New York companies that require employees to sign noncompete agreements sometimes make deferred compensation conditional on whether the ex-employee actually complies with that noncompete pact.
That’s fine, according to state law. But the deal can collapse, as a new case shows, if you make the employee’s job so intolerable that it forces the person to quit (i.e., “constructively discharge” the employee).
When employees suffer a constructive discharge, they can still collect deferred compensation even if they violate the noncompete and go right to work for a direct competitor.
Recent case: Schroder Capital paid Paul Morris an annual salary plus a year-end bonus, which was deferred compensation vested after three years.
Morris signed a noncompete, agreeing to forfeit the bonus if he quit and went to work for the competition. When Schroder cut the amount of investment capital Morris was responsible for from $7.5 billion to $1.5 billon, he quit and started a hedge fund. Schroder refused to pay the deferred bonuses, so Morris sued.
The court had to decide which test to use to define a constructive discharge. It chose the constructive-discharge rule used by federal courts in discrimination cases. That test requires the employer to create an environment so intolerable that the employee would have no choice but to quit.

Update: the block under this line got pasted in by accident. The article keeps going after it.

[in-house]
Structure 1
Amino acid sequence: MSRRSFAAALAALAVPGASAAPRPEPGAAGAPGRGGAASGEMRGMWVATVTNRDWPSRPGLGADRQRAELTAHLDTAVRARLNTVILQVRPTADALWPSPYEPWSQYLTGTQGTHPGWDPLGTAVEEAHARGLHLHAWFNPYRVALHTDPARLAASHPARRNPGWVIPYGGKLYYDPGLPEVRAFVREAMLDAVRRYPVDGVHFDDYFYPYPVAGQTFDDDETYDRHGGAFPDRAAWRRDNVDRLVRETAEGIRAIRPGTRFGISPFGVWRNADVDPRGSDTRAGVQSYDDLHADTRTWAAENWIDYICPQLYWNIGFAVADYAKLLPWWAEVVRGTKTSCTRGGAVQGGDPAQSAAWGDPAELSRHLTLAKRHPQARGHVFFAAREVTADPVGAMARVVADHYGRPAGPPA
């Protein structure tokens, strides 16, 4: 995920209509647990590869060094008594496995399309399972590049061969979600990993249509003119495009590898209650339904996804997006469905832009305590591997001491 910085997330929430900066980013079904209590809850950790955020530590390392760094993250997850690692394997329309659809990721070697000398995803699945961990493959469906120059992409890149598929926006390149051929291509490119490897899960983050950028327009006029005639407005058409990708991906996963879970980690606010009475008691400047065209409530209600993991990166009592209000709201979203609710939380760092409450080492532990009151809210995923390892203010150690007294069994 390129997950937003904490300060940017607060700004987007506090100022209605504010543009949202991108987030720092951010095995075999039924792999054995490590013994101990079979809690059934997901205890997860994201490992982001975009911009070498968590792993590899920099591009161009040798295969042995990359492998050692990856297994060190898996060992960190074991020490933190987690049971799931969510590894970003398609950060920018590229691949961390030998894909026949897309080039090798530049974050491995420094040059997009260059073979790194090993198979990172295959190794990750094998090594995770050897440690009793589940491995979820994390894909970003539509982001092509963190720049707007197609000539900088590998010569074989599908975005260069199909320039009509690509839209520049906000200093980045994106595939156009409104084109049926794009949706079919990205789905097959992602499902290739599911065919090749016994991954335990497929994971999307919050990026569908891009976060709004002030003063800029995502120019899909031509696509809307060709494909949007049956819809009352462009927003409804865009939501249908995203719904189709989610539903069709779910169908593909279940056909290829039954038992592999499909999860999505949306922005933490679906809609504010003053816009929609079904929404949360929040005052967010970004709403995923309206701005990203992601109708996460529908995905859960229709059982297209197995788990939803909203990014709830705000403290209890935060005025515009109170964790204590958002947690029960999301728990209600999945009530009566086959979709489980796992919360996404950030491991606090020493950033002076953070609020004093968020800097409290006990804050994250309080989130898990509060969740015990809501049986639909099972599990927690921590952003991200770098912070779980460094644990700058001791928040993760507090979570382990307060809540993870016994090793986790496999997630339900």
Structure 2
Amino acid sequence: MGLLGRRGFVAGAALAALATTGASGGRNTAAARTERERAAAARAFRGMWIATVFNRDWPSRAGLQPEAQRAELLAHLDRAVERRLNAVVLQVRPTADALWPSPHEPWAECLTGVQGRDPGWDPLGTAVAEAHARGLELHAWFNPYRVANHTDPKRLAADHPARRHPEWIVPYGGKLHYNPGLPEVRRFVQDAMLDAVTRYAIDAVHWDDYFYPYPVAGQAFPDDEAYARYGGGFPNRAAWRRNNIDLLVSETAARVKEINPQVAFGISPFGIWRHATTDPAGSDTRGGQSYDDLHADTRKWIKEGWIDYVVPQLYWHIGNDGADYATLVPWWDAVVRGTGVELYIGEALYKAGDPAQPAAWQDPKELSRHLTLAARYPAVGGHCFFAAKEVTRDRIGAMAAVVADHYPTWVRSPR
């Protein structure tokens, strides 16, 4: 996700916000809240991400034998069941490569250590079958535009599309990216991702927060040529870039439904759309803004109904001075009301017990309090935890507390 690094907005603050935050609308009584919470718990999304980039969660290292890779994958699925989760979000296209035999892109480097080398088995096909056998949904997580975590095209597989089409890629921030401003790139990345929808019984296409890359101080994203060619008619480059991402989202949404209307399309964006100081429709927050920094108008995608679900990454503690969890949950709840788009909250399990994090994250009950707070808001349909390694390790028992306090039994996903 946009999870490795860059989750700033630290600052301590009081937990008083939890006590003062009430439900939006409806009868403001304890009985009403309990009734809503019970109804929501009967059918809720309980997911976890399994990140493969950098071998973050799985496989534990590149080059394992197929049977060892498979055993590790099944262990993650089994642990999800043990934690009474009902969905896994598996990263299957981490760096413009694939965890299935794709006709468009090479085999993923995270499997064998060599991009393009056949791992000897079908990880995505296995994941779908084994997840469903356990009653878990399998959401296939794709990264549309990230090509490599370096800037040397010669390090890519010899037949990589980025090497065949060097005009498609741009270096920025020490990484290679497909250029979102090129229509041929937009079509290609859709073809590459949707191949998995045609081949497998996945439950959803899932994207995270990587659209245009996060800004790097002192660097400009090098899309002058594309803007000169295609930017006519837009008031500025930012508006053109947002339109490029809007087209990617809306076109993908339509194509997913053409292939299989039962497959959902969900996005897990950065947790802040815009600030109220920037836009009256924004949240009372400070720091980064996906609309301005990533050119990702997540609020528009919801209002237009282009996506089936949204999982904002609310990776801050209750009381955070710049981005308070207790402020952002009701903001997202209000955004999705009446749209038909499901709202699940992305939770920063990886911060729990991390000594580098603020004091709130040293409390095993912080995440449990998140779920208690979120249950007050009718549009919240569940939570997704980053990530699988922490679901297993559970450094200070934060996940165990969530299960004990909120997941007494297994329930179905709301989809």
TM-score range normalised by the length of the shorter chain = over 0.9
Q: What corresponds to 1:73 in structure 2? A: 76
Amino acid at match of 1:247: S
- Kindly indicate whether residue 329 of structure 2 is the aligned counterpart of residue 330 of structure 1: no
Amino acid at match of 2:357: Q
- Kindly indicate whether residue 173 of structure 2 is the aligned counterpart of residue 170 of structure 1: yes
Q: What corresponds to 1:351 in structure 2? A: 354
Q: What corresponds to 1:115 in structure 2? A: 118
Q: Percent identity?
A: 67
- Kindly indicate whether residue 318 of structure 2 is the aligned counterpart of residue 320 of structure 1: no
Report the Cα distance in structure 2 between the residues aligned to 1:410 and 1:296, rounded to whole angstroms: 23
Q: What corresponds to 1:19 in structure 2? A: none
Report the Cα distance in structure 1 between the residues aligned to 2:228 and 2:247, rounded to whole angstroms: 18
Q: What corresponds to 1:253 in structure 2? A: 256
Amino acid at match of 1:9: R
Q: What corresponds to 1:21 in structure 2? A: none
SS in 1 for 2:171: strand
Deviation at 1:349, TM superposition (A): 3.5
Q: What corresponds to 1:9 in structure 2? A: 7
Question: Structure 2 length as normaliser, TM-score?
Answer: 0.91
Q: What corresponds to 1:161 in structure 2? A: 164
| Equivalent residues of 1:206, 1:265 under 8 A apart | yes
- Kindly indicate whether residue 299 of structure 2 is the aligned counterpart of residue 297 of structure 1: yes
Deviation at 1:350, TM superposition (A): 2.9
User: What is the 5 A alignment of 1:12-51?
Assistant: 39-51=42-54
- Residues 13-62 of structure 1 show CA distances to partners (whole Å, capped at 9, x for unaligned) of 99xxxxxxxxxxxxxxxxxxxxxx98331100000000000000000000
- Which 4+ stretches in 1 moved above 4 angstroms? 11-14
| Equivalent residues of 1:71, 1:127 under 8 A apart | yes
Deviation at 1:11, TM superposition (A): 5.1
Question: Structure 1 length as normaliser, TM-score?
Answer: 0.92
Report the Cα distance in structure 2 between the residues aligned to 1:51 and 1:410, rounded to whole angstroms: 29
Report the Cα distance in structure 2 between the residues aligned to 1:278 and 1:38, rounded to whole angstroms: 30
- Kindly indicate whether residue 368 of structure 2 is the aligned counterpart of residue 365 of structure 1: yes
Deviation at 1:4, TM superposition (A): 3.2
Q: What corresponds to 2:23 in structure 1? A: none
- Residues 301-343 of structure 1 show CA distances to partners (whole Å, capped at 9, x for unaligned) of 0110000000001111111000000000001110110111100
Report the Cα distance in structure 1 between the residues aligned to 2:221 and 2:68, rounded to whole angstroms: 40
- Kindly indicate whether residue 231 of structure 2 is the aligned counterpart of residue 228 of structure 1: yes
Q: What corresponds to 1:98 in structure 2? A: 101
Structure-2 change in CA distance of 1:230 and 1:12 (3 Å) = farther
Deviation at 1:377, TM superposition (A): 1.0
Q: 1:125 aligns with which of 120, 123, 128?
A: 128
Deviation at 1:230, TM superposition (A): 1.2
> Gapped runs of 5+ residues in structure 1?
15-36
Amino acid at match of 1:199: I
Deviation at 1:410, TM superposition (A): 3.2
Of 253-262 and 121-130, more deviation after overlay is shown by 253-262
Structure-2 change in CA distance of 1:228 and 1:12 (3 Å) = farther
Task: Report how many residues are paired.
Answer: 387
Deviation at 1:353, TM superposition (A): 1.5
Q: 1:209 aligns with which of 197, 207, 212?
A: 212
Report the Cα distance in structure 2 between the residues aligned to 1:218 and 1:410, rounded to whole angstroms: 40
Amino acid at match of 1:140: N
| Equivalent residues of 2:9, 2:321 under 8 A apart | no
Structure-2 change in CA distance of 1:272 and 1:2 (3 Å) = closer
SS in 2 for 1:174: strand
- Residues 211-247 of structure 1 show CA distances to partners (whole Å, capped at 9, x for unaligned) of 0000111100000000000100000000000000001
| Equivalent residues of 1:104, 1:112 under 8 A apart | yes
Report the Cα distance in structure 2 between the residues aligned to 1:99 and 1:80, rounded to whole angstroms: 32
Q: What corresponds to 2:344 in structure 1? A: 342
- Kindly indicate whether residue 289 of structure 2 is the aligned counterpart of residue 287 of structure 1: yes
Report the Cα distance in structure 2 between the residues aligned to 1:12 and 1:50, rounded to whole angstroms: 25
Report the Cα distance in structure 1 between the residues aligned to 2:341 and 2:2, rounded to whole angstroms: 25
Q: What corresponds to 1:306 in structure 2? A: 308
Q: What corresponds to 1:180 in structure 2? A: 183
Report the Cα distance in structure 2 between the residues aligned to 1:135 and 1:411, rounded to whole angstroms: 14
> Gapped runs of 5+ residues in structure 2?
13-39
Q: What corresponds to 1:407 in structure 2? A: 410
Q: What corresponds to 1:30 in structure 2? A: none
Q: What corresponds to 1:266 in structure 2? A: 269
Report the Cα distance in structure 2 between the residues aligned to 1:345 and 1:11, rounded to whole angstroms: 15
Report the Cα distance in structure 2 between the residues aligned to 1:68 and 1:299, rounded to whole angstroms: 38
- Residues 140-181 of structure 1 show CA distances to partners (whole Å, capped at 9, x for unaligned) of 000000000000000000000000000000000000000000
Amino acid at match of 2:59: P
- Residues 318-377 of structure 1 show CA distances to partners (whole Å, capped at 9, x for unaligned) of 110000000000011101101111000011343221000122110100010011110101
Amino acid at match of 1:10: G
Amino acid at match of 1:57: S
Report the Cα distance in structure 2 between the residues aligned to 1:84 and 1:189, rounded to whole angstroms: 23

Now, a lower court will decide if a change in portfolio responsibility meets that high standard. If it does, Morris receives the bonus. If not, he forfeits it because he breached the noncompete provision of his employment contract. (Morris v. Schroder Capital , No. 137, Court of Appeals of New York, 2006)
Tip: This case makes it harder for New York employees to breach noncompete agreements and still collect deferred compensation. If you use noncompetes, now’s a good time to have a qualified attorney review them to ensure you take full advantage of the rule.
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